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Archive for the tag “diplomats”

The New Geography Of Global Diplomacy

Photo by Pascal Bernardon on Unsplash

As China’s rise has become a central force in global politics, analysts and policymakers have tracked its path to potential preeminence on a number of fronts: the size of its economy, the scale and reach of its investment and commercial relationships, the budget and capabilities of its military forces. But as of 2019, China has surpassed the United States in an underappreciated but crucial measure of global influence: the size of its diplomatic network.

Read Here – Foreign Affairs

Beijing Has World’s Biggest Network Of Diplomatic Posts

In a sign of Beijing’s determined quest to boost its international influence, China is outstripping the United States in diplomatic reach for the first time, boasting more embassies and consulates around the world than Washington. China has jumped from third to first in the Lowy Institute’s “Global Diplomacy Index” over the last three years with a net gain of five embassies, making a total of 276 posts.

Read Here – Sydney Morning Herald

U.S. Diplomats Sound The Alarm As They Are Pushed Out In Droves

U.S. Secretary of State Rex Tillerson. Photo courtesy: U.S. State Department

Mr. Tillerson, a former chief executive of Exxon Mobil, has made no secret of his belief that the State Department is a bloated bureaucracy and that he regards much of the day-to-day diplomacy that lower-level officials conduct as unproductive. Even before Mr. Tillerson was confirmed, his staff fired six of the State Department’s top career diplomats, including Patrick Kennedy, who had been appointed to his position by President George W. Bush. Kristie Kenney, the department’s counselor and one of just five career ambassadors, was summarily fired a few weeks later.

Read Here – The New York Times

How The Trump Administration Broke The State Department

Veterans of the U.S. diplomatic corps say the expanding front office is part of an unprecedented assault on the State Department: A hostile White House is slashing its budget, the rank and file are cut off from a detached leader, and morale has plunged to historic lows. They say President Donald Trump and his administration dismiss, undermine, or don’t bother to understand the work they perform and that the legacy of decades of American diplomacy is at risk.

Read Here – Foreign Policy

Mysterious Circumstances Surrounding Russian Murders, Deaths

When Vitaly Churkin, Russia’s top United Nations envoy, collapsed suddenly from an apparent heart failure recently, it triggered widespread and predictable murmuring about possible foul play. With so many sudden and mysterious deaths at the upper levels of the Russosphere during the Putin years, chiefly among his opponents, it’s no surprise that rumours abound even when a stalwart loyalist like Churkin dies.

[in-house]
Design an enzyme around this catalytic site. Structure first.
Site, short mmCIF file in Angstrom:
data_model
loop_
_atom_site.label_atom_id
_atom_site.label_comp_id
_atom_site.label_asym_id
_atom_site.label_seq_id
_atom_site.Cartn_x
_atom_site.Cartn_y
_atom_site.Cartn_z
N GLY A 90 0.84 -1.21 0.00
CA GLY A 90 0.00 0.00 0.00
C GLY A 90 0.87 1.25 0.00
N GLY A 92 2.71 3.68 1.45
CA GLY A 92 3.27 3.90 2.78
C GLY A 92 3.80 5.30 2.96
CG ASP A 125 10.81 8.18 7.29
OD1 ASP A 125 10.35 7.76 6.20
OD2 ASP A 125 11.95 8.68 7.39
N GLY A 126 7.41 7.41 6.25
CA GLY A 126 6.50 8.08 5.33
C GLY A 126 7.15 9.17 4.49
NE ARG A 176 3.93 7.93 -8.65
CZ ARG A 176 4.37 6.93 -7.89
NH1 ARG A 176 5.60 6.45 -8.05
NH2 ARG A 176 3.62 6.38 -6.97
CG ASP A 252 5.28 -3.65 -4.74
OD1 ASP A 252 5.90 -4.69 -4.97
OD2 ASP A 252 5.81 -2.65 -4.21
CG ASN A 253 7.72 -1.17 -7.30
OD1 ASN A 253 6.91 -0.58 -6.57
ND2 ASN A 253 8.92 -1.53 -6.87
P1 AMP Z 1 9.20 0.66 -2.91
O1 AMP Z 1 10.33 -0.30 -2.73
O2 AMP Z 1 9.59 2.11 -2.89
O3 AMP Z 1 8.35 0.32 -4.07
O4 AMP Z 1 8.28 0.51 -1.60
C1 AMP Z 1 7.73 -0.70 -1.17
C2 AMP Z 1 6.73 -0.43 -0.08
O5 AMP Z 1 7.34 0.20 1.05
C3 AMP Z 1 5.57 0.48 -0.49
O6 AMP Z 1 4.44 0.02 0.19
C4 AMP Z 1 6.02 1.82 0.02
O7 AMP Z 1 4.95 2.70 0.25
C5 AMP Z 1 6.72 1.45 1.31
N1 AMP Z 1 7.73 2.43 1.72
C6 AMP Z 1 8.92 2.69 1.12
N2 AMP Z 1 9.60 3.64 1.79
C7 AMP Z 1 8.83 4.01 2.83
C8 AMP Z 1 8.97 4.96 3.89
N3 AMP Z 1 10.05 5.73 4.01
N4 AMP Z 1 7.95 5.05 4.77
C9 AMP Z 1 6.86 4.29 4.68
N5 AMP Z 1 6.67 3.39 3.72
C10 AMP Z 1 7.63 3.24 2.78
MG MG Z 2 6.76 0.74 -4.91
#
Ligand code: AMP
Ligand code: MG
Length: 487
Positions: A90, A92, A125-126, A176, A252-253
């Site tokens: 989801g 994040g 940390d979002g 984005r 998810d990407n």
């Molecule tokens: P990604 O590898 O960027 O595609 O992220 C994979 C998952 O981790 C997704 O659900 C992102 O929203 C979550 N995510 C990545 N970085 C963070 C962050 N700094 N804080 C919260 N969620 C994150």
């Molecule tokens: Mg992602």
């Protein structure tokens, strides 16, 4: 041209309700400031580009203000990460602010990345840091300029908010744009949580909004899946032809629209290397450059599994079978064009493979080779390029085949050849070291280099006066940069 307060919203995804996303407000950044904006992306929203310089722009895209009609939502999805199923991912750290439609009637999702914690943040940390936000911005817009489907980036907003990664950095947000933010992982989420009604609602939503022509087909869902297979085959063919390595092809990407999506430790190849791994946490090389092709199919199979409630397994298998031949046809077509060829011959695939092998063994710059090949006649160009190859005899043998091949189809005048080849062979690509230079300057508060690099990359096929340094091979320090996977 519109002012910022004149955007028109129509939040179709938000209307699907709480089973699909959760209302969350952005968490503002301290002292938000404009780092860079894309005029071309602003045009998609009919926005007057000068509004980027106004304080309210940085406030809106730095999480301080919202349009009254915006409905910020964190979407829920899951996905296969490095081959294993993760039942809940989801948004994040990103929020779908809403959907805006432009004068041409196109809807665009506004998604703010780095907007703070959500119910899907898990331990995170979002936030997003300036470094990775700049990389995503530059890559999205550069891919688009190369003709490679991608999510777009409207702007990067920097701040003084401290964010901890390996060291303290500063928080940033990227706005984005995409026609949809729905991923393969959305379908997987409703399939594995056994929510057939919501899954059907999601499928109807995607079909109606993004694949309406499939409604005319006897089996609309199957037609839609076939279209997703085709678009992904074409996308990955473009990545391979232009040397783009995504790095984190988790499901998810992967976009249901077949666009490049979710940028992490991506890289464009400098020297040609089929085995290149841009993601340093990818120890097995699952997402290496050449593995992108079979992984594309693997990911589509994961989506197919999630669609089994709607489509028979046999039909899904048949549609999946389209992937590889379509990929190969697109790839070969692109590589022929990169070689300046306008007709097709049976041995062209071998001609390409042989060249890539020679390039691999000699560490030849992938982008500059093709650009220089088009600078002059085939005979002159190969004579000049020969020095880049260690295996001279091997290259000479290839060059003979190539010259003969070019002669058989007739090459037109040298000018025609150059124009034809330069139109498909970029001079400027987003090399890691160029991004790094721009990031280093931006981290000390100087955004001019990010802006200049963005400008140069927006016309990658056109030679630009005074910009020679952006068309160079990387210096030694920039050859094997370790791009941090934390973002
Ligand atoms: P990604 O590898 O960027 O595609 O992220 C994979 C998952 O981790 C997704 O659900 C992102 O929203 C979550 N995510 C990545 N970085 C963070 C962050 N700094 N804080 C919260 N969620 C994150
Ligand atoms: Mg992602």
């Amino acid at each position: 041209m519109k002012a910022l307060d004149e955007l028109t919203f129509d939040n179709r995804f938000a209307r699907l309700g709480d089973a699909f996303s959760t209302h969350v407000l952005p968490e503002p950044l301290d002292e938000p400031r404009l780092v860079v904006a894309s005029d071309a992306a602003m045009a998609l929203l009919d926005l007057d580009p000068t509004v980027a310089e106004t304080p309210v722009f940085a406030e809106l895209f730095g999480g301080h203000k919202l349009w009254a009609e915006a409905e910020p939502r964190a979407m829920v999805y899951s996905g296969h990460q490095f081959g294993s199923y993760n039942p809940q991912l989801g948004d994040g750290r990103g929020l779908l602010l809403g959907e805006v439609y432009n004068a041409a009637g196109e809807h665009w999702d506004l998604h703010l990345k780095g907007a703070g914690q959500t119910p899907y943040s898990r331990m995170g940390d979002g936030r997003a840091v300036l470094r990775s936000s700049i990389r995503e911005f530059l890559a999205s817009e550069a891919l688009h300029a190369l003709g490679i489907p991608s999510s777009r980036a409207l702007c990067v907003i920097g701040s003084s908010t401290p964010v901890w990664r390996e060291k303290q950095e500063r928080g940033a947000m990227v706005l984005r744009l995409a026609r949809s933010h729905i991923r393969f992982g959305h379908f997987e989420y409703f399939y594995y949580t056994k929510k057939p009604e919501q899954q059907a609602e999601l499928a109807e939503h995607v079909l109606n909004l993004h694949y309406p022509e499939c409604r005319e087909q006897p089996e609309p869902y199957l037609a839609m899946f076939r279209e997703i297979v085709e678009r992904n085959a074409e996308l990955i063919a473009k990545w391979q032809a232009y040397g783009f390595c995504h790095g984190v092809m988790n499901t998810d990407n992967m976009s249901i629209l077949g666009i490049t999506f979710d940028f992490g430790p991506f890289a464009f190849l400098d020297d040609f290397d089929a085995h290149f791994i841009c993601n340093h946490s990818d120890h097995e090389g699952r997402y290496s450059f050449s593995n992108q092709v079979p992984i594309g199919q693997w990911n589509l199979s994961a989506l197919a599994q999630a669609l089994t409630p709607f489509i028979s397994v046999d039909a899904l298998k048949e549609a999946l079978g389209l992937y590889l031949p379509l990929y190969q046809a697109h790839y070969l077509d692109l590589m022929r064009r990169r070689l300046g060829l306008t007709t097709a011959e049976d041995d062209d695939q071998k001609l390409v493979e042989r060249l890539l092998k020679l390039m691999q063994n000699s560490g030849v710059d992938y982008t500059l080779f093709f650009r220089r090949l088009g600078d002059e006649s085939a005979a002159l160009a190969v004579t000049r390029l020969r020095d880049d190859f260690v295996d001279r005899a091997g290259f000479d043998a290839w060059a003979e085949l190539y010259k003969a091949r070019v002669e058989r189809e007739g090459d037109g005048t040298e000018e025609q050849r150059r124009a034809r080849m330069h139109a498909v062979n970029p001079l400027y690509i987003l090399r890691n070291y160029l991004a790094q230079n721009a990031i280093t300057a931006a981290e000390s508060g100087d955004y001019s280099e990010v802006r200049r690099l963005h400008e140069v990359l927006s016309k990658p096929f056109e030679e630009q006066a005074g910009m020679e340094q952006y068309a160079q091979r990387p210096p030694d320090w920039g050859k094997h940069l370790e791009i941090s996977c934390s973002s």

Read Here – World Affairs Journal

The 10 Young Chinese Foreign Policy Scholars You Should Know

As China’s power and status continue to grow, the big question for the whole world is how Beijing will use its newly acquired power to influence the world. It is safe to say that nobody within China has a satisfactory answer to this question. Still, we should pay serious attention to what Chinese scholars themselves say about China’s future ambitions.

Read Here – The Diplomat

In Tussle Between Conscience And Career, Diplomats Chose To Play It safe

Since the onset of the current phase of globalization which more or less coincided with the end of the Cold War, democracy all over the world has registered significant progress. But this has been mainly horizontal in the sense that it has extended to more countries in different regions. In terms of quality, democracy has, in fact, suffered a distinct deterioration, including in Western countries. India is no exception to this general trend.

Read Here – The Wire

Brick And Mortar Of Foreign Policy

The principal drawback of the foreign policy establishment is that it is miserably understaffed. While New Delhi does have some first-rate diplomats, what we really need are not a few overworked senior officials but more, well-trained personnel. On account of financial constraints, bureaucratic inertia and inter-ministerial disagreements, all we have are around 900-odd Indian Foreign Service (IFS) officers to operationalise India’s ambitious foreign policy initiatives.

Read Here – The Hindu

India-U.S. Relations: After A Year Of Drift

As Mr. Kerry is in India for his mission of what he calls “realising the potentially transformational moment” between India and the United States, he may well find that and many issues do in fact need to be addressed further, before he can effect such a transformation. Perhaps the best way to avoid some of the minefields ahead of him would be to acknowledge the damage in the relationship and to understand that a fresh start will take more than just the two leaders to meet, they will have to address the problems of the past as well.

Read Here – The Hindu

America’s Great Game

The Arabists never again came so close to implementing their vision of an American foreign policy sympathetic to Arab countries. Which isn’t to say they lost their influence in all ways. In what seems like a contradiction, Kermit Roosevelt was instrumental in the CIA-backed coup d’état that ousted the democratically elected leader of Iran, Muhammad Mossadeq, in 1953. But his sympathies were with Arabs, not Muslims.

Read Here – WorldAffairsJournal

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